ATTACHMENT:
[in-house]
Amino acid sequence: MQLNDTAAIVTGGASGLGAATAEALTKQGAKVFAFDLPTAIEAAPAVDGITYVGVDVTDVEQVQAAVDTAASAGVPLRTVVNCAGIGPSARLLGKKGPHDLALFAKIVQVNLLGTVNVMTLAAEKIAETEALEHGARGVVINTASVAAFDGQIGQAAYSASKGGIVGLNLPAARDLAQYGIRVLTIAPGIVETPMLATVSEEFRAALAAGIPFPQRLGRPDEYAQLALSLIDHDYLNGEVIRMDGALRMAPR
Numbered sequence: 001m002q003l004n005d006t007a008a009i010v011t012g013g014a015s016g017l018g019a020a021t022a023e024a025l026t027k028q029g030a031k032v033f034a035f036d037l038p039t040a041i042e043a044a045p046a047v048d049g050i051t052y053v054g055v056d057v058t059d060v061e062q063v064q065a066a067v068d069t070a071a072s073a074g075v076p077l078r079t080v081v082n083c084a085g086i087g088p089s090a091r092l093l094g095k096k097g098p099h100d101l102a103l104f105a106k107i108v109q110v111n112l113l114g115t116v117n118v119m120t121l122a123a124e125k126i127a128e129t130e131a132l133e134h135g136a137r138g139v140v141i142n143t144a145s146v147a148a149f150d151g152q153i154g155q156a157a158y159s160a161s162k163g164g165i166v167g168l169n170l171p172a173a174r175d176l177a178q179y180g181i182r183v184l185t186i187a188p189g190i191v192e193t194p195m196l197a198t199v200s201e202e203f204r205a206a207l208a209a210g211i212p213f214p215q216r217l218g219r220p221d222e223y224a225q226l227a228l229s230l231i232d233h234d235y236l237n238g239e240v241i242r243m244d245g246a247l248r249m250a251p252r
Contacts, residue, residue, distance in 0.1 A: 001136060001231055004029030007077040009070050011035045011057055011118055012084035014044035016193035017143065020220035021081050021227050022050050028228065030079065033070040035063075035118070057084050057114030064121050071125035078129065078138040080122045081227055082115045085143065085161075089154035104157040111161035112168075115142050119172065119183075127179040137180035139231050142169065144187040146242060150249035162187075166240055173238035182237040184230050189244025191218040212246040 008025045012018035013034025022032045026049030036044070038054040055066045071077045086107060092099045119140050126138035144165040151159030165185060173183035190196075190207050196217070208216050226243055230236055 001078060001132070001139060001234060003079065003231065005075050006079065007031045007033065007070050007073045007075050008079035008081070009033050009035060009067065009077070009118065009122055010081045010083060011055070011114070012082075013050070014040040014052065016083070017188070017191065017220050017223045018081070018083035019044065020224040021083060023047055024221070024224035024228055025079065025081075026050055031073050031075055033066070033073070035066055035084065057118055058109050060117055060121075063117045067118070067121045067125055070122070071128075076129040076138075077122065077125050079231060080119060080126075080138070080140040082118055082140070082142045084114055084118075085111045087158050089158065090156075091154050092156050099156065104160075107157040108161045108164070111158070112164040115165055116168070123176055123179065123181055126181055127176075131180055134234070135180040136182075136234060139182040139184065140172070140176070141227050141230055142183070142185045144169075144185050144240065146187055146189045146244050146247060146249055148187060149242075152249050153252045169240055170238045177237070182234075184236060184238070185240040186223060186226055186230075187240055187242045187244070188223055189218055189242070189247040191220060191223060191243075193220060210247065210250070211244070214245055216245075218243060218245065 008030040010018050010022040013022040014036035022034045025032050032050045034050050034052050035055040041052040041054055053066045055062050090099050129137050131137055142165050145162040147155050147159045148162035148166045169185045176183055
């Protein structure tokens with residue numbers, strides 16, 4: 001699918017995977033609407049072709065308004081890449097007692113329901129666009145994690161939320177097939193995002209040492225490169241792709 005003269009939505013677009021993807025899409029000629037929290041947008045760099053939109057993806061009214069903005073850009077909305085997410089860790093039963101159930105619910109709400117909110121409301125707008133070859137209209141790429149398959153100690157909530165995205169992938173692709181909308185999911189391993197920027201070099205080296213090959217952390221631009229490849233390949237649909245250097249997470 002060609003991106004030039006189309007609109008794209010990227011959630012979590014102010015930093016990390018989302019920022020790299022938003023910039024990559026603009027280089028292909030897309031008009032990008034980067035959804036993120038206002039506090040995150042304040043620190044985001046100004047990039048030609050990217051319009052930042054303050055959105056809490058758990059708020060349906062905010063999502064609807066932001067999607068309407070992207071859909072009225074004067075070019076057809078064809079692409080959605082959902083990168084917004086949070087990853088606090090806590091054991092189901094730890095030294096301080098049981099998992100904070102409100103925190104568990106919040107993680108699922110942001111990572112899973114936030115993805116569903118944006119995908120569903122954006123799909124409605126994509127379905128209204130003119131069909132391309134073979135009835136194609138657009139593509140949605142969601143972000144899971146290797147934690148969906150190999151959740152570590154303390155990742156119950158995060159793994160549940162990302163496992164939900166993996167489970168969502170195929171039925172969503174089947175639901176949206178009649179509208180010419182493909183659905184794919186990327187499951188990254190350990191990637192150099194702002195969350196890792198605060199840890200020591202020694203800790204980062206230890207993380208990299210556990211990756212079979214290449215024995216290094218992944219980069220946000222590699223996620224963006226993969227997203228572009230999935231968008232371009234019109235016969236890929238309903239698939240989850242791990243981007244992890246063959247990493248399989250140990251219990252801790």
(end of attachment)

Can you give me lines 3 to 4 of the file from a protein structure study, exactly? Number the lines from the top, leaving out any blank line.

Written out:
Numbered sequence: 001m002q003l004n005d006t007a008a009i010v011t012g013g014a015s016g017l018g019a020a021t022a023e024a025l026t027k028q029g030a031k032v033f034a035f036d037l038p039t040a041i042e043a044a045p046a047v048d049g050i051t052y053v054g055v056d057v058t059d060v061e062q063v064q065a066a067v068d069t070a071a072s073a074g075v076p077l078r079t080v081v082n083c084a085g086i087g088p089s090a091r092l093l094g095k096k097g098p099h100d101l102a103l104f105a106k107i108v109q110v111n112l113l114g115t116v117n118v119m120t121l122a123a124e125k126i127a128e129t130e131a132l133e134h135g136a137r138g139v140v141i142n143t144a145s146v147a148a149f150d151g152q153i154g155q156a157a158y159s160a161s162k163g164g165i166v167g168l169n170l171p172a173a174r175d176l177a178q179y180g181i182r183v184l185t186i187a188p189g190i191v192e193t194p195m196l197a198t199v200s201e202e203f204r205a206a207l208a209a210g211i212p213f214p215q216r217l218g219r220p221d222e223y224a225q226l227a228l229s230l231i232d233h234d235y236l237n238g239e240v241i242r243m244d245g246a247l248r249m250a251p252r
Contacts, residue, residue, distance in 0.1 A: 001136060001231055004029030007077040009070050011035045011057055011118055012084035014044035016193035017143065020220035021081050021227050022050050028228065030079065033070040035063075035118070057084050057114030064121050071125035078129065078138040080122045081227055082115045085143065085161075089154035104157040111161035112168075115142050119172065119183075127179040137180035139231050142169065144187040146242060150249035162187075166240055173238035182237040184230050189244025191218040212246040 008025045012018035013034025022032045026049030036044070038054040055066045071077045086107060092099045119140050126138035144165040151159030165185060173183035190196075190207050196217070208216050226243055230236055 001078060001132070001139060001234060003079065003231065005075050006079065007031045007033065007070050007073045007075050008079035008081070009033050009035060009067065009077070009118065009122055010081045010083060011055070011114070012082075013050070014040040014052065016083070017188070017191065017220050017223045018081070018083035019044065020224040021083060023047055024221070024224035024228055025079065025081075026050055031073050031075055033066070033073070035066055035084065057118055058109050060117055060121075063117045067118070067121045067125055070122070071128075076129040076138075077122065077125050079231060080119060080126075080138070080140040082118055082140070082142045084114055084118075085111045087158050089158065090156075091154050092156050099156065104160075107157040108161045108164070111158070112164040115165055116168070123176055123179065123181055126181055127176075131180055134234070135180040136182075136234060139182040139184065140172070140176070141227050141230055142183070142185045144169075144185050144240065146187055146189045146244050146247060146249055148187060149242075152249050153252045169240055170238045177237070182234075184236060184238070185240040186223060186226055186230075187240055187242045187244070188223055189218055189242070189247040191220060191223060191243075193220060210247065210250070211244070214245055216245075218243060218245065 008030040010018050010022040013022040014036035022034045025032050032050045034050050034052050035055040041052040041054055053066045055062050090099050129137050131137055142165050145162040147155050147159045148162035148166045169185045176183055